(Today is the birthday of the Dalai Lama, a survivor of religious persecution. So we honor the shrines of Timbuktu, recently demolished by religious vandals who think God wants them to destroy beauty.)
Burton Barr Central Library sits a mile or so from my house. Named for a Phoenix politician who supported the library, this main branch still has a few microfilm readers. That’s where I’ve settled in, immersed in the early days of the Vietnam Veterans Memorial (VVM) as documented by the Washington Post and just about every art critic in 1980’s America.
The announcement of Maya Lin’s winning design erupted into a battle between the forces of representational and non-representational art, causing the addition of an Iron Mike, the typical soldier statue erected in a town park. Twelve years after the VVM established itself as one of the world’s great memorials, best-selling author Tom Wolfe, a representational combatant, illogically lamented the 1980’s “ludicrous lapse of taste,” while boasting of “the throngs who came annually to see” Three Soldiers. Frederick Hart’s statue, of course, benefits from its proximity to Lin’s VVM.
While I respect Lin’s fight for artistic integrity, I like Three Soldiers, handsome guys in the tradition of World War II movies, a good war when President Roosevelt’s four sons all served in the military. The statue solved another controversy. War memorials cannot be neutral because neutrality is defined as anti-war. Wars require promotion, PR skills honed with millenniums of practice and contradicted by the reality of a list of names.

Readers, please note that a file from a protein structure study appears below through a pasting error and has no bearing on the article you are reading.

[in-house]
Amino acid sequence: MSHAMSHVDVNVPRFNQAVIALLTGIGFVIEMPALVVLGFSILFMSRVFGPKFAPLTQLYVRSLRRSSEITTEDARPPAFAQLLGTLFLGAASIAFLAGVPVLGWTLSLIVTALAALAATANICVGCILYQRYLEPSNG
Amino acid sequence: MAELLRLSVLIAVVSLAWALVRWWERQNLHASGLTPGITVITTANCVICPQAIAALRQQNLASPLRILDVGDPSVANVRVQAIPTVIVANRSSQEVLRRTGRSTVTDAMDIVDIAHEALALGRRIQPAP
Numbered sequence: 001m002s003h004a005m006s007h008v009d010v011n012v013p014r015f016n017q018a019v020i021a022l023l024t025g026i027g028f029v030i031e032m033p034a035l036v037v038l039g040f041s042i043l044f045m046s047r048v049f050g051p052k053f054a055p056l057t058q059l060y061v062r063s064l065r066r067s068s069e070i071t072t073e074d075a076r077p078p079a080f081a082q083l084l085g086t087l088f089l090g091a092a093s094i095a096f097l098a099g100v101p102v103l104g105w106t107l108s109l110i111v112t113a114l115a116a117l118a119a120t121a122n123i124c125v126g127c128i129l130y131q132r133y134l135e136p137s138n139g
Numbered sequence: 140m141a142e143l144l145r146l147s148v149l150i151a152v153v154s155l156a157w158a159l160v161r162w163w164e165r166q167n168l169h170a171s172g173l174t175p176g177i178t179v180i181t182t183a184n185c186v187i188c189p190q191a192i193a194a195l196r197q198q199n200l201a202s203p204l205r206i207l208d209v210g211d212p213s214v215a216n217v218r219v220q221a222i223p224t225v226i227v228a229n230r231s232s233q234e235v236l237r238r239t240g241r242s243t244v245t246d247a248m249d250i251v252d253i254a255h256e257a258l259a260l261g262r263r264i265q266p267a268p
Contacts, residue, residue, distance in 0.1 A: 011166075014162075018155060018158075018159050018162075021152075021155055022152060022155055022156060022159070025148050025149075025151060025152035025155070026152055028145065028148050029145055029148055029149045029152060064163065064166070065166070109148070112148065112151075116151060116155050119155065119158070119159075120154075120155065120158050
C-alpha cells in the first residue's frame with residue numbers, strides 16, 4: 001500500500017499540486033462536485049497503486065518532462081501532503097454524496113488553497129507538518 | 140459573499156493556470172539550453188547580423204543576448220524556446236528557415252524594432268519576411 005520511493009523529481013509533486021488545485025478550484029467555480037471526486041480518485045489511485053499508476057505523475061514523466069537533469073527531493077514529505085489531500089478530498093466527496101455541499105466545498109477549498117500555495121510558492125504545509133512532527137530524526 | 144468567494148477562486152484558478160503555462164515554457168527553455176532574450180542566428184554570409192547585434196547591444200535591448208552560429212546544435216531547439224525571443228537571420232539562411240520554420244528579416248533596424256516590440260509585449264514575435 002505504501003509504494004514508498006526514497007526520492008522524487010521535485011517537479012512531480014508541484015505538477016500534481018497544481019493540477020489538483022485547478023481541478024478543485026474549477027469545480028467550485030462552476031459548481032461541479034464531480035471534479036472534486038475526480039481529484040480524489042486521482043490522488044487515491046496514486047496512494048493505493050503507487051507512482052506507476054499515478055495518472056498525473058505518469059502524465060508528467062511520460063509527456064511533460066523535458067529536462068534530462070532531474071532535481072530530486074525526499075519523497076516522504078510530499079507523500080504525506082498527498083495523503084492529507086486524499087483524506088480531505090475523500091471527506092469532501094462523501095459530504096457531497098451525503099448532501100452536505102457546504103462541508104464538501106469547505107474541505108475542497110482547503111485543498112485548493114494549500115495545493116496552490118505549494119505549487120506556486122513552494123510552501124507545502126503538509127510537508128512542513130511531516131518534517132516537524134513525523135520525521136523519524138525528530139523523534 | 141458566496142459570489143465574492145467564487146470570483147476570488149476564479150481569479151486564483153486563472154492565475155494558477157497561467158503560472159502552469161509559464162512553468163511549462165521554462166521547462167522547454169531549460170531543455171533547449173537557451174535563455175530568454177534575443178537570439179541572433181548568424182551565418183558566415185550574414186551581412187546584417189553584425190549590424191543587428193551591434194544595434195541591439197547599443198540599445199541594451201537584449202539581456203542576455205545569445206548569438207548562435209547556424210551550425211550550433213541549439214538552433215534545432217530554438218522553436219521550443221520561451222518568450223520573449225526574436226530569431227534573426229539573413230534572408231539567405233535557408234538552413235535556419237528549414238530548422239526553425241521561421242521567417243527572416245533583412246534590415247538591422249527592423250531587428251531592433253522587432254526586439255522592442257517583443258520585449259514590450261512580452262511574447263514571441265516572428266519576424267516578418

On the memorial, the names are in chronological order by date of casualty, with each day alphabetized. I have stated many times that chronological order and the mirrored surface allow vets to join their comrades. But thinking about local Iron Mikes made me realize that chronological order also creates a memorial for every day of fighting in Vietnam and for every battle. When a vet finds names from a battle he survived, he discovers a personal Iwo Jima monument. The VVM is not just one memorial; it’s thousands of memorials.
A complaint against Lin’s concept was the lack of Vietnam vets on the selection committee. But that’s why they got this exceptional memorial. As a consultant, I know fresh viewpoints build innovation. Instead of learning about the Vietnam War, Lin studied other memorials with names. She built a space to heal sorrow. The descent into the earth and the V-shaped design, with names beginning and ending at the central vertex, all interact with the phallic Washington Monument to bring us into the comforting arms of the feminine. The VVM is about those who died, but it was built for those who survived and for them, it’s a coming home.
* In matters of taste, there can be no disputes.